That's the plus. The minus is in the sheer, stupifying pretentiousness of the project. The liner notes would be a hysterical parody of beard-stroking rock maestro excess, if they weren't so dismally po-faced. After listing "Principle Musicians", then "Guest Musicians", Townsend devotes pages to himself under the subtitle "Everything Else". Not to be outdown, Daltrey appends a brief column of staggering vanity: he's "an actor, an interpreter, an alchemist who turns words into emotions". Gag! He socks it to Townsend though in a delightfully disingenuous put-down, with a little "well done Pete!" for the man who finally got round to writing, performing and producing most of this. Calm down, girls!

Of course, no one would damn a dog on mere liner notes, but they're symptomatic of this album's failings. While Townsend bats for high-concept, he's just not _deep_ enough to tackle most of these subjects. Well, frankly, Leonard Cohen excepted, not many people are. But Townsend has always come across sounding more like a Sixth Form Review act, consumed with a sense of being very grown-up because he's, like, satirising grown-up stuff, okay? It's embarrassingly juvenile in places. The insult "prat" hurled at a cardinal particularly jars, but hey: it rhymes with hat, after all!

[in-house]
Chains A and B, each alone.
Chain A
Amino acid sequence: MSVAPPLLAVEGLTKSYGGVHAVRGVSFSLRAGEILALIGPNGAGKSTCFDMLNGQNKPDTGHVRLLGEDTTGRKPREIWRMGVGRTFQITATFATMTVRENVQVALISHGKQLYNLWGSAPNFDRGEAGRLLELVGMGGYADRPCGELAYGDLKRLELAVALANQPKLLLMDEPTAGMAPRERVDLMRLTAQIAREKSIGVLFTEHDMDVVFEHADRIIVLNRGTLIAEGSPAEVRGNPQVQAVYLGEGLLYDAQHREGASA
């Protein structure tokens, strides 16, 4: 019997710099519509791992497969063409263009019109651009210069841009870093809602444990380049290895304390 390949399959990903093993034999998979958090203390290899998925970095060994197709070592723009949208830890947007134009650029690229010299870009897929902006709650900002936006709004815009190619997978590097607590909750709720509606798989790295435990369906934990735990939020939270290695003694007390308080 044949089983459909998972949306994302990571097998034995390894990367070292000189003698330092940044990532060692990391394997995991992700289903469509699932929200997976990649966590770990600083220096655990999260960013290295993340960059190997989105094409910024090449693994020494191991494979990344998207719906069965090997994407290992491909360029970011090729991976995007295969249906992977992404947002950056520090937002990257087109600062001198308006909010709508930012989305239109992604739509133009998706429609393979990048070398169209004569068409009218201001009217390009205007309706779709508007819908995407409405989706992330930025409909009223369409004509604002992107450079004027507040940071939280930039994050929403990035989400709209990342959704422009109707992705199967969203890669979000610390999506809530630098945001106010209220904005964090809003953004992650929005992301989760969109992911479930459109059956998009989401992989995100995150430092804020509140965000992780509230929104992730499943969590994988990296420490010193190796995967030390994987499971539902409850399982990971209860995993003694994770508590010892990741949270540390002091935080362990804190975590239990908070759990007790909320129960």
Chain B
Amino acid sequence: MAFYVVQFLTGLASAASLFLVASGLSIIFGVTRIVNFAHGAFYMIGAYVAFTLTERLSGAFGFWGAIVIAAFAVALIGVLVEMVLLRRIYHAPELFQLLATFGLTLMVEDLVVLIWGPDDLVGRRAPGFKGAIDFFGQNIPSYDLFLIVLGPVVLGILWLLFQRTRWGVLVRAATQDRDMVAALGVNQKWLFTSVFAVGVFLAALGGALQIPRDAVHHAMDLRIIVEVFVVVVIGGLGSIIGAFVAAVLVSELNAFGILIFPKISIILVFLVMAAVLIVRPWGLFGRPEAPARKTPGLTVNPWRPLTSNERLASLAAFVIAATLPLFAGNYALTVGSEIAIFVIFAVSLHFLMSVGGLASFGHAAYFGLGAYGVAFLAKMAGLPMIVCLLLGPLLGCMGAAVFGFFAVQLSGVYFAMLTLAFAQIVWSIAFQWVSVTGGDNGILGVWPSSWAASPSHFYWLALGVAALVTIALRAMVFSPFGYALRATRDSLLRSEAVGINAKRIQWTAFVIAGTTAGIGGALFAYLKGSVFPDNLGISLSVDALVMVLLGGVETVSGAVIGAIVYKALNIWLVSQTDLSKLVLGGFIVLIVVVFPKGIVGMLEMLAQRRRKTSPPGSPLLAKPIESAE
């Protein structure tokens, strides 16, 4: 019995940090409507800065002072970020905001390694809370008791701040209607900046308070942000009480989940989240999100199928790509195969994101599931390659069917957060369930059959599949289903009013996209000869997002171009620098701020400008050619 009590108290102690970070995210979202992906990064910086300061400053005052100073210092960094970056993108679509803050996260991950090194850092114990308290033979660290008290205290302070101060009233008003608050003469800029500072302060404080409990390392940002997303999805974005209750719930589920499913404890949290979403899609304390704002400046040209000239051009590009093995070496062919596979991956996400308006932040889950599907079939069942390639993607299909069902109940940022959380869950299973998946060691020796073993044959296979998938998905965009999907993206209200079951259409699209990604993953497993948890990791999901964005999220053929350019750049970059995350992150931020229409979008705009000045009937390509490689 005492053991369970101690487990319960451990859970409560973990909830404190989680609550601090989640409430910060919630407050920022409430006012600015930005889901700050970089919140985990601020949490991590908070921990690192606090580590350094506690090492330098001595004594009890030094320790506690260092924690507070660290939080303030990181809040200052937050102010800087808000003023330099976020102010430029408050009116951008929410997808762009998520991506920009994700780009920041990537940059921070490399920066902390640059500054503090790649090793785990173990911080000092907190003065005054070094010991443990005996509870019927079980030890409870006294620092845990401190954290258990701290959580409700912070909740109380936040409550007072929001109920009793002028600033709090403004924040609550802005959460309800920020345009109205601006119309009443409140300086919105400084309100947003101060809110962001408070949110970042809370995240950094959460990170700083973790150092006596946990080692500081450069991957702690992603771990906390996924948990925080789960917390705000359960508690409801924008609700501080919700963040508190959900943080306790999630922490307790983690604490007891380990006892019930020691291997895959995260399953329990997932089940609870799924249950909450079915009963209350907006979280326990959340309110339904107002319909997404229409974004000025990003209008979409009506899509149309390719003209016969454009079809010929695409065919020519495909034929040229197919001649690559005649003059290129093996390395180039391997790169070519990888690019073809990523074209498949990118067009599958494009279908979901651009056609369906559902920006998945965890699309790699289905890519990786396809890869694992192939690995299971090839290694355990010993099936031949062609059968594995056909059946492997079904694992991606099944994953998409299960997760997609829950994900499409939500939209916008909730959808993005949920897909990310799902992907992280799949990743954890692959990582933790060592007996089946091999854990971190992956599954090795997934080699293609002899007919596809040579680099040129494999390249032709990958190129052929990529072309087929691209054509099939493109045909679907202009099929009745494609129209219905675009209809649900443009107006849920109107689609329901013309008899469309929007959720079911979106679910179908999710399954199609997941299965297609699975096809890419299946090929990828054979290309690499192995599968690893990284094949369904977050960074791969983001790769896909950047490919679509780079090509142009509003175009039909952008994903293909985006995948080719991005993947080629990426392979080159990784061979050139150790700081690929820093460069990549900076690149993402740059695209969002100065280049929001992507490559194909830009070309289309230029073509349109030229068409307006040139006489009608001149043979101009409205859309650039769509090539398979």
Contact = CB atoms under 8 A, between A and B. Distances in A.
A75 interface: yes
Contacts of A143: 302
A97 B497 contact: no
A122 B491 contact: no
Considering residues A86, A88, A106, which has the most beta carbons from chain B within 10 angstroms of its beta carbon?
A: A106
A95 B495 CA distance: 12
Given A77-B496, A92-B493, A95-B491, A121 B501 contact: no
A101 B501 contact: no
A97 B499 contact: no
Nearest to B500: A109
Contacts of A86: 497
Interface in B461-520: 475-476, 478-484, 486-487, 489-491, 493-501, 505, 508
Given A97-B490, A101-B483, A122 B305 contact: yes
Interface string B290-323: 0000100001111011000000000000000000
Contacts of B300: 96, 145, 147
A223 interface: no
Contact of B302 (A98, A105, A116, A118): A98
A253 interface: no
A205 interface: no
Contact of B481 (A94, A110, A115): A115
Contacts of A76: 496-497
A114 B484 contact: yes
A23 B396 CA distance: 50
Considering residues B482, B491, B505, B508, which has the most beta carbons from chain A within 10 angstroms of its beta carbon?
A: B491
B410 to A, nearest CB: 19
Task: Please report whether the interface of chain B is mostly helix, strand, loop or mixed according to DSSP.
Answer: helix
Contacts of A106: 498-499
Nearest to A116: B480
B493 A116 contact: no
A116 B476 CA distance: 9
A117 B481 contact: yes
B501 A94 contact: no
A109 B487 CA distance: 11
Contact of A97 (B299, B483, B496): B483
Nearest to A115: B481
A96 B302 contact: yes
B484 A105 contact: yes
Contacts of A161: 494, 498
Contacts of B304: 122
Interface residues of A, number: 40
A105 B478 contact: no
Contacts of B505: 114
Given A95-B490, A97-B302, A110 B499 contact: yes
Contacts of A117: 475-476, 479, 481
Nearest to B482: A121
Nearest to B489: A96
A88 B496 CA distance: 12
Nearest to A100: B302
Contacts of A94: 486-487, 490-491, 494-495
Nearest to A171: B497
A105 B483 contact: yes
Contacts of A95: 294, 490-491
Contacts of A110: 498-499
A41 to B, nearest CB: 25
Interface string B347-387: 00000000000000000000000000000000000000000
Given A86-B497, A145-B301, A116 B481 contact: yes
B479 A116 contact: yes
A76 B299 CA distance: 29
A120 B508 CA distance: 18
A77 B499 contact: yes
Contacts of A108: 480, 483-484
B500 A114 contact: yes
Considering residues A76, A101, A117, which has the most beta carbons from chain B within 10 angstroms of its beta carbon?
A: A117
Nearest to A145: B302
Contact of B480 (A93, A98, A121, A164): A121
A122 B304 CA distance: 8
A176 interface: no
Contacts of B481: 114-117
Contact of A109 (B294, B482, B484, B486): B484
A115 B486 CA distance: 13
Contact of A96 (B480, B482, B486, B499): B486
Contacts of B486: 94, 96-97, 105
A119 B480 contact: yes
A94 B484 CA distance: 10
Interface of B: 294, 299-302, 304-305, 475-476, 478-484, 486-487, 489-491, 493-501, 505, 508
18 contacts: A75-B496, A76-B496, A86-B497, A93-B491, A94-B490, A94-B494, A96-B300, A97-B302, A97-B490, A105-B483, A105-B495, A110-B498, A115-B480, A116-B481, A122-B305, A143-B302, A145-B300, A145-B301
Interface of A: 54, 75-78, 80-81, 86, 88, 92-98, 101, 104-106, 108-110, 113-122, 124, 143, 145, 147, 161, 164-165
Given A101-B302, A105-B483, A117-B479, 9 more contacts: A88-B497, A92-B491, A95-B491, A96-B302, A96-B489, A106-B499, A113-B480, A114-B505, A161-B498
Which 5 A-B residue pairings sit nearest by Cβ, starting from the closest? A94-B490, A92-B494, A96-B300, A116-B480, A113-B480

Now, no one who's a fan of Townsend's output is going to be put off, at this late stage, by accusations that it's pretentious and juvenile. I mean Quadrophenia fergoodnessakes! What's always lifted Townsend's rather silly sloganeering disguised-as-lyrics to the status of rock epic has been the music itself.

And, musically, much of this album doesn't disappoint. 'Fragments' opens things out with a clear statement of intent, 'Purple Dress' ticks the acoustic-rock box, 'Mike Post Theme' stamps and thunders, 'Two Thousand Years' is a hold-your-Zippo-high festival pleaser while 'It's Not Enough' is as uplifting a stadium rocker as Townsend can write - which is to say, it's pretty much as good as that sort of thing gets. Nor does high concept conceit always wrestle a song to the floor: 'Black Widow's Eyes' is an unaffected and heartfelt ode to lost love, married to perfect power ballad contours, while 'You Stand By Me' is a suprisingly humble hymn to the band's perennially loyal fan base.

To say that much doesn't disappoint is to admit that some, alas, does. It is of course churlish to complain that Daltrey's lost his range. And it would be cruel to dredge up more hilarities from his liner notes (he compares himself to Olivier and Gielgud! No, really he does!). But Roger's vocals really don't cut it on some of this stuff. While his contemporaries like Robert Plant or even Neil Diamond are following Johnny Cash down the road of replacing high-octane yelping with a sort of grizzled tenderness, Daltrey seems to think that a bum note can be papered over by making it louder and raspier. Particularly, louder. In fact, he occasionally sounds like Grandpa Simpson, with a megaphone.